This week my writing comes from the fair city of Glasgow. My apologies in advance for the political nature of the column, but it was obvious in a heartbeat just how politicised the country has become. Amongst my musings are indications of how the Scottish First Minister is faring. But firstly to the Arts, which are still feeling the covid hammer blow, by being denied the chance to schedule live performances.


Scotland’s museums, galleries and theatres are in line for £97 million in financial assistance, as part of a £1.57 billion package from the UK government. The ‘repayable finance for these loans will be issued on general terms to ensure they are affordable.


I do worry slightly that no matter the generous regional allocations made from central government, there will be a machiavellian manoeuvre amongst die-hard SNP supporters, to undermine anything positive that Boris Johnson and central government does for members of the Union. Nicola, if you think it’s easy to be the first minister of a population of 5.5 million, it’s a different game of footie entirely, to be prime minister of a population of 67 million. As an example, I’m a parent of only 7, and there are never less than 9 opinions in my house. Mind you, it’s not a true democracy, but I digress.


Let’s roll back the referendum, and imagine Scotland had voted out of the UK, and to stay in the EU. How well might Ms Sturgeon have done, had she been obligated to now fund the furlough scheme for a devolved Scotland, instead of receiving critical funding through central government? I doubt she’d be smiling quite so much over her publicity ‘cup of tea’ these days, given that Scotland has hugely declining industries across many sectors. Those seeking devolution can always throw stones at Westminster. The mis-quote of Scones and Tea Houses, comes to mind.


We’ve just had the final Clap for Carers to thank the NHS for its industry over the past 3-4 months; next, we’re going to see a Smile for Sunak, to thank the Treasury for supporting our livelihoods, for we know in other countries people have suffered massive deprivation and been forced to queue at food banks, to make ends meet. This has been the case in the USA, with people being given a welfare package worth $1,200 each, plus $500 for each dependent, to help them through. Of course, many Americans don’t have Healthcare provision either, if they’re not insured. In the scheme of things then, the UK has a lot going for it. So smile, and be grateful.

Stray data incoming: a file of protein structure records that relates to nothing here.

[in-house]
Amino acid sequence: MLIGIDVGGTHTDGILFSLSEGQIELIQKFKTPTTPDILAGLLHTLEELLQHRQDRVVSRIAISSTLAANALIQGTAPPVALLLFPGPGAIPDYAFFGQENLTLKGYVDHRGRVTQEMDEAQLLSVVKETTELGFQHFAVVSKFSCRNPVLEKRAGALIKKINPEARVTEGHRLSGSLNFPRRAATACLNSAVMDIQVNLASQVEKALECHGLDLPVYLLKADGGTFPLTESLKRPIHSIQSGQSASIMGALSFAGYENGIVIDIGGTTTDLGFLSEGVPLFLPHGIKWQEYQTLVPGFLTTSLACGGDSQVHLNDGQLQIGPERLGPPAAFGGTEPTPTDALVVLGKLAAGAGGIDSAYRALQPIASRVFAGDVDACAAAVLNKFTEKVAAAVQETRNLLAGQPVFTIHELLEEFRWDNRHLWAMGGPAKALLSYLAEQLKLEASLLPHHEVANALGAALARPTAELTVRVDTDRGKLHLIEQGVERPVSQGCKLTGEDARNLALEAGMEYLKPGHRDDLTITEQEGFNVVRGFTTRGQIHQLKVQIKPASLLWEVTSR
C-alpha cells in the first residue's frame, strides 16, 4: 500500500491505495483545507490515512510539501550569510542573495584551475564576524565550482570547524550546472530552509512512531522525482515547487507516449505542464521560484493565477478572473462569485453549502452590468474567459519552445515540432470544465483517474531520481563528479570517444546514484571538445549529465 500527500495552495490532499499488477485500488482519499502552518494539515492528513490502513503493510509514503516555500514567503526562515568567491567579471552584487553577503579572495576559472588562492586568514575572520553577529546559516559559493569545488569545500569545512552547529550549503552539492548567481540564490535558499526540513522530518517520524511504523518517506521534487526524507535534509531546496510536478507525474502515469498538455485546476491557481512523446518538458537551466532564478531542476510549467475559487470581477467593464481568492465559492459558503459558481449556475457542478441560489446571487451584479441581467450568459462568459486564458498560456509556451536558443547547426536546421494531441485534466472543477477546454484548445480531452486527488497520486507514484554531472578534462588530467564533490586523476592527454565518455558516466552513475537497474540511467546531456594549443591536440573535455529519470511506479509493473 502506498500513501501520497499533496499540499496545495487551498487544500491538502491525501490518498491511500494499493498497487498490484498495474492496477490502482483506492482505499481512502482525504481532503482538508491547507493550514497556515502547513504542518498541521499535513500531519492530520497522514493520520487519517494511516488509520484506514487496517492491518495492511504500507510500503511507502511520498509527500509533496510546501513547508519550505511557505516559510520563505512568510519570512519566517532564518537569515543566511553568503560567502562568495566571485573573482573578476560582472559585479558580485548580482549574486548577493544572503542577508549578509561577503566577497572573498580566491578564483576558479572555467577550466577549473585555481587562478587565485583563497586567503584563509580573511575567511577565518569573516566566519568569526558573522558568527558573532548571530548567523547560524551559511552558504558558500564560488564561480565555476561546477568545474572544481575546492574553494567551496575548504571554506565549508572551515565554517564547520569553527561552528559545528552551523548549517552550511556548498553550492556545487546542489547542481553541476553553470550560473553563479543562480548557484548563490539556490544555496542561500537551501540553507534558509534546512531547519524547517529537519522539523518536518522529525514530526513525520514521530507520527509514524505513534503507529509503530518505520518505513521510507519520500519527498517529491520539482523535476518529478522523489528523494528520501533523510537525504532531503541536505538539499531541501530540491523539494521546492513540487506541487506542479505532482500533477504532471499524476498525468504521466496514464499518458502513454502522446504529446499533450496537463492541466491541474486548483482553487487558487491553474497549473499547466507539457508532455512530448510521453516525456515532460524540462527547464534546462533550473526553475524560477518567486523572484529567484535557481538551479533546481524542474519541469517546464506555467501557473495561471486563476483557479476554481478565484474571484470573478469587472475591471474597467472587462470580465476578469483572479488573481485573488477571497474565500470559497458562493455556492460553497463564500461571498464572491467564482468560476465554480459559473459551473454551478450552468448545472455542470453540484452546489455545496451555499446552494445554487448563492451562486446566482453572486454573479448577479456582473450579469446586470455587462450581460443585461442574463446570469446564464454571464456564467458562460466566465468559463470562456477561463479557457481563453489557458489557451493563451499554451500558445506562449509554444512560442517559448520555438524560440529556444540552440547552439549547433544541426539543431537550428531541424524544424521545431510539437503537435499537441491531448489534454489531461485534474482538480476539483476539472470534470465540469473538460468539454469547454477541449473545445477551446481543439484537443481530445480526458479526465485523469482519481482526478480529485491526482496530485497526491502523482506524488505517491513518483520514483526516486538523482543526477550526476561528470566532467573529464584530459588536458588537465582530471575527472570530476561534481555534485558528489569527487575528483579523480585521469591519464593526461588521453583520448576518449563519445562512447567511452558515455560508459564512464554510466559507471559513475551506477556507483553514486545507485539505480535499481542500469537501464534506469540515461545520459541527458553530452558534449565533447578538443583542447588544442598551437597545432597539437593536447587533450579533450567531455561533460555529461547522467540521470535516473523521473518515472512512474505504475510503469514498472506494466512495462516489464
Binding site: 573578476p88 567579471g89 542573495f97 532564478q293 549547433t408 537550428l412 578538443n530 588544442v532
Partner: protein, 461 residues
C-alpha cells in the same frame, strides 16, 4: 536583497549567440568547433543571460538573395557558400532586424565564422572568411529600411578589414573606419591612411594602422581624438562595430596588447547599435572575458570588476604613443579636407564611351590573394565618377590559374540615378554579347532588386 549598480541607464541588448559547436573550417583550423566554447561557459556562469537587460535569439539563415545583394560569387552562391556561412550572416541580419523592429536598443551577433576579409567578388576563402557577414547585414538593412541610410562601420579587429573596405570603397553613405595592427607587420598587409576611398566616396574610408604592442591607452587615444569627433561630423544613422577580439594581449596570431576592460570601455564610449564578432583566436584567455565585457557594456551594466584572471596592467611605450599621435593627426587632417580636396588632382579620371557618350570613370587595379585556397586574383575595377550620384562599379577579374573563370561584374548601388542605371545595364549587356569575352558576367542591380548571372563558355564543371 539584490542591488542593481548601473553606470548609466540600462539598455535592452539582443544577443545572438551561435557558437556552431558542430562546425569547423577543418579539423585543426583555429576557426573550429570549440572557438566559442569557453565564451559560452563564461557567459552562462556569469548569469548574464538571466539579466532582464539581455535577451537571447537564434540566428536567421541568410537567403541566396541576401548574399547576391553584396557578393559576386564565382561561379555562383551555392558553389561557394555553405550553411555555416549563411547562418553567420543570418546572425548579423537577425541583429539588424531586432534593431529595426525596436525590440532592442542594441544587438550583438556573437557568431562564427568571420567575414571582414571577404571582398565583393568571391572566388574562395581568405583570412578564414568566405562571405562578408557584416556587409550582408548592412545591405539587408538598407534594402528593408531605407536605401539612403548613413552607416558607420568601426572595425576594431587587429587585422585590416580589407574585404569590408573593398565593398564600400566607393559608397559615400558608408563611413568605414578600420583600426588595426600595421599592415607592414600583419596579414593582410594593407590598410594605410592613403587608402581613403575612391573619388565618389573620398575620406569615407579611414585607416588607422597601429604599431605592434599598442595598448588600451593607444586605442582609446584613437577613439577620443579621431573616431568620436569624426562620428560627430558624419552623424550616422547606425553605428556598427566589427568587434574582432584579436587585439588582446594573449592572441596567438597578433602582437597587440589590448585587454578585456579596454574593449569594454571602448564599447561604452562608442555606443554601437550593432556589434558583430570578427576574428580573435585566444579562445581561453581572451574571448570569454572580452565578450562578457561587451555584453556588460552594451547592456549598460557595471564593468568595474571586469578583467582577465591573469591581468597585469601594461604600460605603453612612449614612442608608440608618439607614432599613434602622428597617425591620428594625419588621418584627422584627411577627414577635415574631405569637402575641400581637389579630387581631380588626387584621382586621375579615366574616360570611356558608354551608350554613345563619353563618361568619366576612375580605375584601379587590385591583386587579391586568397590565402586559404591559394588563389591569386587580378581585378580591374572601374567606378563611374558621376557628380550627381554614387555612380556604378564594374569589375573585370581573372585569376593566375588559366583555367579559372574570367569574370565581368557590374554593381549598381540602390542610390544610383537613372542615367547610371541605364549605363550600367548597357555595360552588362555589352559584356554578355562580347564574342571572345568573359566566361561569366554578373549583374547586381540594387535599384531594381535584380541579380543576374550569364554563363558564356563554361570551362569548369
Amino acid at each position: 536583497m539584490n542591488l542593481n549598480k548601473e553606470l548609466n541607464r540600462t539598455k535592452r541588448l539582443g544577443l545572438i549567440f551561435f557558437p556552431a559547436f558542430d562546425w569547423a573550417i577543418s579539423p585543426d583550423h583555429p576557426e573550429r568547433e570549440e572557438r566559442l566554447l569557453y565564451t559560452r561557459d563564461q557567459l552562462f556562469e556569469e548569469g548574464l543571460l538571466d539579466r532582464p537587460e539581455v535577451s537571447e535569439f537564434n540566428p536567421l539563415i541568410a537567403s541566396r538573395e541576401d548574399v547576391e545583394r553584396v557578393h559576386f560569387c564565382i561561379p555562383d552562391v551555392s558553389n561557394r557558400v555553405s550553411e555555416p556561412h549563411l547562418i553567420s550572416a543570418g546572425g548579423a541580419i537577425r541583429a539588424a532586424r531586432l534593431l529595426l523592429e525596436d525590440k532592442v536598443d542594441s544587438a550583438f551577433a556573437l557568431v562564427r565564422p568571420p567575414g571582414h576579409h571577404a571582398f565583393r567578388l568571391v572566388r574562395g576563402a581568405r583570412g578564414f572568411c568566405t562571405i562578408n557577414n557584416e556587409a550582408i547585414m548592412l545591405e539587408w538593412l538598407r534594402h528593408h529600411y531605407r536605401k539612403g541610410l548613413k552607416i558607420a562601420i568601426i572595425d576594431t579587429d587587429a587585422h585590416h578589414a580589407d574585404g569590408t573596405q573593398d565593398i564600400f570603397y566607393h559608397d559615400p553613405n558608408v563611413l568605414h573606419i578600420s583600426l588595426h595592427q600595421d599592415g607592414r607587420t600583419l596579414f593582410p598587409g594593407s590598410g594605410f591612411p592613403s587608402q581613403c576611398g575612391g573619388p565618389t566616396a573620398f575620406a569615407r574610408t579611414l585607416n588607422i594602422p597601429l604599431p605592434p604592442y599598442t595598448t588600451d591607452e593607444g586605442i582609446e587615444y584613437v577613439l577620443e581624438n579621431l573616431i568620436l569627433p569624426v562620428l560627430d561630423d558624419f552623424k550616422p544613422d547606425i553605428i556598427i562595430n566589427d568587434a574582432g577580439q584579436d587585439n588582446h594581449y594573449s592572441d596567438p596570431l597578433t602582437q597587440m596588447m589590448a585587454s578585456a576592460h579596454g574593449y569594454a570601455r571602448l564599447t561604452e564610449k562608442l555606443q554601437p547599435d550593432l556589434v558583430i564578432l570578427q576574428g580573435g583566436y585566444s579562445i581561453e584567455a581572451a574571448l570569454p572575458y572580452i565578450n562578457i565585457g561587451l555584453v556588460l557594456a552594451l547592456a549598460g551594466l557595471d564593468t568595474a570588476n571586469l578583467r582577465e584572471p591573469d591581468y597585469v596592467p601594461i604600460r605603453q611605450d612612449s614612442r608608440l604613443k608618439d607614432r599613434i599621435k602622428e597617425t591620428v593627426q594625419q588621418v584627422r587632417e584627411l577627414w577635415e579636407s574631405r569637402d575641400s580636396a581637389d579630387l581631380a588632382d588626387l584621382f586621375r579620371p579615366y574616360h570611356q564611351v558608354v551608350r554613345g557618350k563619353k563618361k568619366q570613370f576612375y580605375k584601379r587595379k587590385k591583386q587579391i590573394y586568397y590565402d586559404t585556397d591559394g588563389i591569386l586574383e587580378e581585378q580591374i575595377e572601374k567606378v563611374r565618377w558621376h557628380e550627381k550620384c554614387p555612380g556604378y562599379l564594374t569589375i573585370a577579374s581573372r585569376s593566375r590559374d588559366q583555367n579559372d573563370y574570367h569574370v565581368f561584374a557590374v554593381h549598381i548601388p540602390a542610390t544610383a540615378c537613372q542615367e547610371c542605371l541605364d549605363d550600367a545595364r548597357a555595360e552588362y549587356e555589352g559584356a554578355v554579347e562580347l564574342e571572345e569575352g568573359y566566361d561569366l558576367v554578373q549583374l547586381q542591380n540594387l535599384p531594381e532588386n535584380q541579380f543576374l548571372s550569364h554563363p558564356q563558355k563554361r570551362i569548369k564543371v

Taking a peek at Ms Sturgeon’s leadership profile within the media, it was interesting to see her described as the ‘Hermione Granger of politics.’ [Times on Sunday]. The Scottish Mail on Sunday says she should be `putting game-playing on hold, and engaging with the UK government in good faith.’ Quite right.


I have seen worrying reports commenting on a rise in English nationalism, which came as a bit of a surprise for someone who has lived in London for 25 years. Not sure I have heard anyone speak on this, although of course the northern push for independence has been often discussed. My heart sinks when I hear how fast Nicola Sturgeon is driving residents north of the border to break away from the UK, and I think what most of us really want, is a more UNITED Kingdom, and for that there can only be one King of Thrones. Mr Johnson, you have the mandate,


The GP will ‘virtually’ see you now. Ha-ha! Recent reports in The Telegraph [6th July] show that almost 50% of GP appointments are now conducted via phone or video, compared to 14% in February. Now, this might be fine and dandy if your child has chicken pox, or you have a throat infection. You can point a camera at your throat. But it is not fine if you have a stomach pain, or like myself you have some silent symptoms, perhaps as yet undiagnosed, that you perhaps can’t quite pin down.


During the coronavirus crisis one could completely forgive GP practices for doing phone consultations, but now we have been promoted to having video consultations. Essentially they are keeping their doors shut, in case – even with the rapidly falling, almost zero cases of coronavirus in the community – your GP should suddenly pick up an infection, and suffer an ignominious death. Chas v’sholom.


I have to ask, ‘what about the people who were working in the hospitals on the Front Line?’ They didn’t say they wouldn’t go to work, or shut their doors. Many of them became very sick and unfortunately some died. Now that coronavirus has all but gone, the health services should be open, (almost) as usual.